Put director Ted Demme’s Beautiful Girls, an ode to high school pals who live like they’re in the 13th grade, smack dab in the time-delayed classic category.
The 1996 film, now available for the first time on Blu-ray, didn’t make a mark during its theatrical debut but continues to impress with repeat viewings. The film features an impressive ensemble recreating a high school reunion bridging the gap between yesteryear and uncertain tomorrows.
Fledgling piano player Will (Timothy Hutton) serves as the catalyst for the film’s savvy brand of self-reflection. He’s barely surviving in Manhattan, so he jumps at the chance to go back to his small New England home town for a spell. He reunites with stable family man Mo (Noah Emmerich), former heartthrob Tommy (Matt Dillon) and the heartsick Paul (Michael Rappaport, whose obsession with supermodels serves as a clunky narrative through line).
They’re all struggling with the women in their lives. Paul’s girlfriend (Martha Plimpton) left him when he couldn’t commit. Tommy’s girl (Mira Sorvino) is threatened by a married woman trying to pry him away from her, and she has every right to be concerned. Even Will, the most secure of the bunch, can’t figure out if his big city girlfriend (Annabeth Gish) is the love of his life.
Meanwhile, a high school reunion looms ahead, and the surprise appearance of a woman any red-blooded male would describe as perfection (Uma Thurman) rattles the group’s emotional state all the more.
Screenwriter Scott Rosenberg overreaches whenever Paul is waxing poetic about unattainable girls. And we certainly don’t need Rosie O’Donnell spouting the feminine perspective on these oft-clueless males. We get it. These overgrown boys refuse to accept the new realities of adulthood and live for the fantasy that a better, more voluptuous girl is right around the corner waiting for their cheesy pick up lines.
Rosenberg is more successful in navigating a potentially creepy subplot surrounding Will’s 13-year-old neighbor (a sublime Natalie Portman), a wise beyond her years teen who represents the potential men cling to when considering their current partners.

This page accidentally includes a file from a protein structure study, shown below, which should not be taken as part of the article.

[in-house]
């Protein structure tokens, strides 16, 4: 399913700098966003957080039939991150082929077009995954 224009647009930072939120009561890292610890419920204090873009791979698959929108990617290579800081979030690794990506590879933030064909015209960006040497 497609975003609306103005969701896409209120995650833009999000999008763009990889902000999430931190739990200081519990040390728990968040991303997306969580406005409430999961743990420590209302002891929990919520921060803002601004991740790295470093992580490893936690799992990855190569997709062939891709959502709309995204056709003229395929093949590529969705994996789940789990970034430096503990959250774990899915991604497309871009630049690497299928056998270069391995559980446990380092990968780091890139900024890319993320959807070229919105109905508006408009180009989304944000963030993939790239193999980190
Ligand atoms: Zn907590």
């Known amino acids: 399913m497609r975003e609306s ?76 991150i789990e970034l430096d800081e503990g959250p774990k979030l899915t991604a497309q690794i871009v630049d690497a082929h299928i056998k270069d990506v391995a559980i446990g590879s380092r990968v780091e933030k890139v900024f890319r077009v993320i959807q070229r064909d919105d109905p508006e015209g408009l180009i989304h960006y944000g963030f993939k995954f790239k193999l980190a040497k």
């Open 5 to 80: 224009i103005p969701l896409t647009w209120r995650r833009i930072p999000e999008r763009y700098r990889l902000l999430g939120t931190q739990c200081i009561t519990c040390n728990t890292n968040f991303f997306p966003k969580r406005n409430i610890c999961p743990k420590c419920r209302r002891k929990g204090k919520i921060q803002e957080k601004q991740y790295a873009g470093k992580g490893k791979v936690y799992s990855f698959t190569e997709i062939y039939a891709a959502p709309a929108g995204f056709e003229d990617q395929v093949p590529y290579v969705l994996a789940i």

Like any film that lingers beyond its release date, Beautiful Girls nails the particulars, large and small, in the way guys think, act and dream. Consider the sad sack Kev (Max Perlich) who complains when a cheery housewife gives him hot chocolate but forgets to add a shot of Sambuca. His inflated sense of self could be genuine, or perhaps it’s a defense mechanism over years of being the odd man out.
Dillon excels at showing how self-destructive lapses can prevent men from moving on with their lives.
Beautiful Girls isn’t an attack on small-town values as much as people far too willing to let small town comforts prevent them from growing up.
The film’s classic rock soundtrack offers few surprises, but the song choices and timing prove nearly perfect. And while the sight of a bar full of folks singing the way song is one of film’s hoariest clichés, the Sweet Caroline sing-a-long captures why there’s no cure for some enduring high school memories.
“Nothing changes around here, Will,” Paul cautions his old friend upon his return home. Not quite. Beautiful Girls shows how some men are dragged kicking and screaming into adulthood, clinging to their better memories along the way.
The Blu-ray release features some meaty extras shot closer to the film’s initial release date as well as some music from retro crooner Chris Isaak.